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# Inductance

Inductance is introduced intentionally in circuits for various purposes, some of which are described in the sequel. In most applications where either inductance or capacitance could be used, such as in active filters and integrating and differentiating circuits, capacitance is preferred because of the smaller size and lower cost of capacitors, relative to inductors. Also, it is easier to confine the electric field in a capacitor than it is to confine the magnetic field produced by an inductor, so capacitors produce less electrical interference than inductors.

 Related Calculators Inductance Calculator Inductive Reactance Calculator

## Definition

Inductance the characteristics of an electrical conductor that opposes a change in current flow. The symbol for inductance is L. An inductor is a device that stores energy in a magnetic field. Inductance exhibits the same effect on current in an electric circuit as inertia does on velocity of a mechanical object. It takes more work to start a load moving than it does to keep it moving because the load possesses the property of inertia. Inertia is the characteristics of mass that opposes a change in velocity. Once current is moving though a conductor, inductance helps to keep it moving. The effects of inductance helps to keep it moving. The effects of inductance are sometimes desirable and other times undesirable.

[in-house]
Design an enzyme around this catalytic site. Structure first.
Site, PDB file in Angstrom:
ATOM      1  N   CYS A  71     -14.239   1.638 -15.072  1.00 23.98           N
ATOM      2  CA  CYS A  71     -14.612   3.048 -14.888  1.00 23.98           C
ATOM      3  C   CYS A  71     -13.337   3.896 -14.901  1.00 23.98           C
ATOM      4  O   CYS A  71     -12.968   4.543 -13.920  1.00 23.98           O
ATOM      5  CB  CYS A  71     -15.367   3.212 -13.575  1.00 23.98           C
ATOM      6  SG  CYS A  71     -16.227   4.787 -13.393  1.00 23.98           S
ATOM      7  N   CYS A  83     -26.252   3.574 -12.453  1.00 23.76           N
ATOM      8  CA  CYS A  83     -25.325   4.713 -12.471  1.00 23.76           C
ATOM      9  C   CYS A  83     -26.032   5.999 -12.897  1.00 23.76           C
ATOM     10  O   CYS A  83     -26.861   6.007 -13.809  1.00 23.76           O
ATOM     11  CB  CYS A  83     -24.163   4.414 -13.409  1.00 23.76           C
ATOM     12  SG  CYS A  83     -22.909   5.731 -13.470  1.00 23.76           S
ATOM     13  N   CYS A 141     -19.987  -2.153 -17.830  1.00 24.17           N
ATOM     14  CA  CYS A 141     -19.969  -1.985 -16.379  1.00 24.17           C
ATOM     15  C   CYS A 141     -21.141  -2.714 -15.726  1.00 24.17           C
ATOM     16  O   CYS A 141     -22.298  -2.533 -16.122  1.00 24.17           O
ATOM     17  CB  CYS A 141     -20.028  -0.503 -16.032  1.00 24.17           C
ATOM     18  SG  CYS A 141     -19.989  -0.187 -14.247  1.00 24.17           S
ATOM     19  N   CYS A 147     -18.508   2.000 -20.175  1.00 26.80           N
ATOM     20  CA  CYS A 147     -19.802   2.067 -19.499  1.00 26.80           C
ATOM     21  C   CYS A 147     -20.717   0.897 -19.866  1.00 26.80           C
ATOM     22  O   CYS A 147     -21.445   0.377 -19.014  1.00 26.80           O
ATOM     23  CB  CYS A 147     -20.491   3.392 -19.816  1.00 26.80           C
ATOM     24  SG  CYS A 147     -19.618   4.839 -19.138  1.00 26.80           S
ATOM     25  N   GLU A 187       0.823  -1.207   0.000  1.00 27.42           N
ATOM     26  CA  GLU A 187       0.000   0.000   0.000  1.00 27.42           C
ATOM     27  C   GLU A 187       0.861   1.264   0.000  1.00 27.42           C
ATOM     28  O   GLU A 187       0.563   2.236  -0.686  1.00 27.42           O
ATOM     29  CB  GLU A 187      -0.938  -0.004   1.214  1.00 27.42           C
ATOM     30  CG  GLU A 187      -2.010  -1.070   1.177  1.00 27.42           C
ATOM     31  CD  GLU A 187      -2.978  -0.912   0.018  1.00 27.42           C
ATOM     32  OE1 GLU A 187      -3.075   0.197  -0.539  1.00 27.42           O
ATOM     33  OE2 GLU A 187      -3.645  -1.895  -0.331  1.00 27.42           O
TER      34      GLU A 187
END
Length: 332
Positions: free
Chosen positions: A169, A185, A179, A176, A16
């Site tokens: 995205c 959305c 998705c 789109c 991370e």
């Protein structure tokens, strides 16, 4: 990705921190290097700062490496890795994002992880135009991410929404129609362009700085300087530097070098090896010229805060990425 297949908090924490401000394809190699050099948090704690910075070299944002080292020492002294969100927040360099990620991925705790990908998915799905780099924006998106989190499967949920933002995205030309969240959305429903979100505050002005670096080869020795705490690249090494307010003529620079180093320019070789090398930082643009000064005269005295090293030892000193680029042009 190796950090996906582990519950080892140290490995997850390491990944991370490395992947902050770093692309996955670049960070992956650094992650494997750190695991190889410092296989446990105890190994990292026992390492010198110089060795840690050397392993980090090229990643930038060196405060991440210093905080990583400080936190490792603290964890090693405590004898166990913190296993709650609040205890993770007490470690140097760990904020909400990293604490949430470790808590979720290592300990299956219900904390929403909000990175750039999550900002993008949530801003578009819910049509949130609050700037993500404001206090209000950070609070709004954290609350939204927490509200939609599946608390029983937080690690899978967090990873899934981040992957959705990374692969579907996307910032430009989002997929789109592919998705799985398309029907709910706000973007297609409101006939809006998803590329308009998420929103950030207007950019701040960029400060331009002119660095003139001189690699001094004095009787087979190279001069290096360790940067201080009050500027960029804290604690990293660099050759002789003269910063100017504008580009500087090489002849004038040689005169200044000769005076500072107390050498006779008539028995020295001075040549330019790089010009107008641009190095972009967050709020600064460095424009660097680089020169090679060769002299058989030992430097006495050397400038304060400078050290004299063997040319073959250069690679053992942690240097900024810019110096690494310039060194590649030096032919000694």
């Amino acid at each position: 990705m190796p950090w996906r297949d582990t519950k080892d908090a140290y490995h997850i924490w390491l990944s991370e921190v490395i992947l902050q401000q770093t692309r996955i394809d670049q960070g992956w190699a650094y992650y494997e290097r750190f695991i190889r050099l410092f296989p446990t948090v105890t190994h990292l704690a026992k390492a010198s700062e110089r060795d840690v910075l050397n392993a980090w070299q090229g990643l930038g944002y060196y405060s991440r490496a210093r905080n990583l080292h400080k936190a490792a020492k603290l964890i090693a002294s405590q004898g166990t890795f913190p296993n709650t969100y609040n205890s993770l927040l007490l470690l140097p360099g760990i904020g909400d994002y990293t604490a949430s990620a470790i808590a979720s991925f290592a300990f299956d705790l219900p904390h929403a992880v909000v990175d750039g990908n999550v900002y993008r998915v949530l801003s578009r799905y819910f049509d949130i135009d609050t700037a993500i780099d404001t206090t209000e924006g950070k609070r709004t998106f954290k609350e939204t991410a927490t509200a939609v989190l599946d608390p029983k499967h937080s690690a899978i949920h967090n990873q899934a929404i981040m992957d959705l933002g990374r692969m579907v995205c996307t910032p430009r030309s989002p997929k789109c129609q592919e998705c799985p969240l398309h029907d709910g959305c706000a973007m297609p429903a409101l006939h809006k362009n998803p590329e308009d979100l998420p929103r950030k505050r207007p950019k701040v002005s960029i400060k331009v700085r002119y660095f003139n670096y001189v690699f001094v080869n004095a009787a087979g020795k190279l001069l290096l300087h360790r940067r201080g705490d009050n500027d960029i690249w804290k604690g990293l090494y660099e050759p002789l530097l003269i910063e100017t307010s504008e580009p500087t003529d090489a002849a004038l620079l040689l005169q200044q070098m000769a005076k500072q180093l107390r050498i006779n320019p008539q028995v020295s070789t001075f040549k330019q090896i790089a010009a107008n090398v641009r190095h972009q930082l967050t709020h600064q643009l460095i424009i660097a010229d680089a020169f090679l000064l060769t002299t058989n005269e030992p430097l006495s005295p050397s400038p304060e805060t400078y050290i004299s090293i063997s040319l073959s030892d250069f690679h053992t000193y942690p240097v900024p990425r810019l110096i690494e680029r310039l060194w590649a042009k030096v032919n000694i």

All conductors have some inductance. The amount of inductance depends on the conductor and the shape of it. Straight wire has small amounts of inductance, whereas coils of wire have much more inductance.

## What is Mutual Inductance

The property of one coil due to which it opposes the change of current in the other coil is called mutual inductance between the two coils. This property is attained by a coil due to mutually induced emf in the coil, while current in the neighbouring coil is changing.

## Inductance Formula

An inductor is a device that can store energy in a magnetic field. Coils, solenoids and toroids are all examples of inductors. For practical inductors, however, nonideal effects may alter this voltage-current relationship through an additional series resistance and possible lead capacitance and inductance. Assuming an ideal inductor, the computation of inductance becomes a  strictly magnetostatic problem. Considering one or more loops of current in space, it can be shown that the magnetic flux through a loop is proportional to the current that produces the magnetic flux. The constant of proportionality is called inductance with units of henry (H). Specifically, inductance is defined in terms of the flux linkage and current as:
$L_{ij}$ = $\frac{Flux\ linkage\ through\ ith\ coil\ due\ to\ current\ in\ jth\ coil}{Current\ in\ jth\ coil}$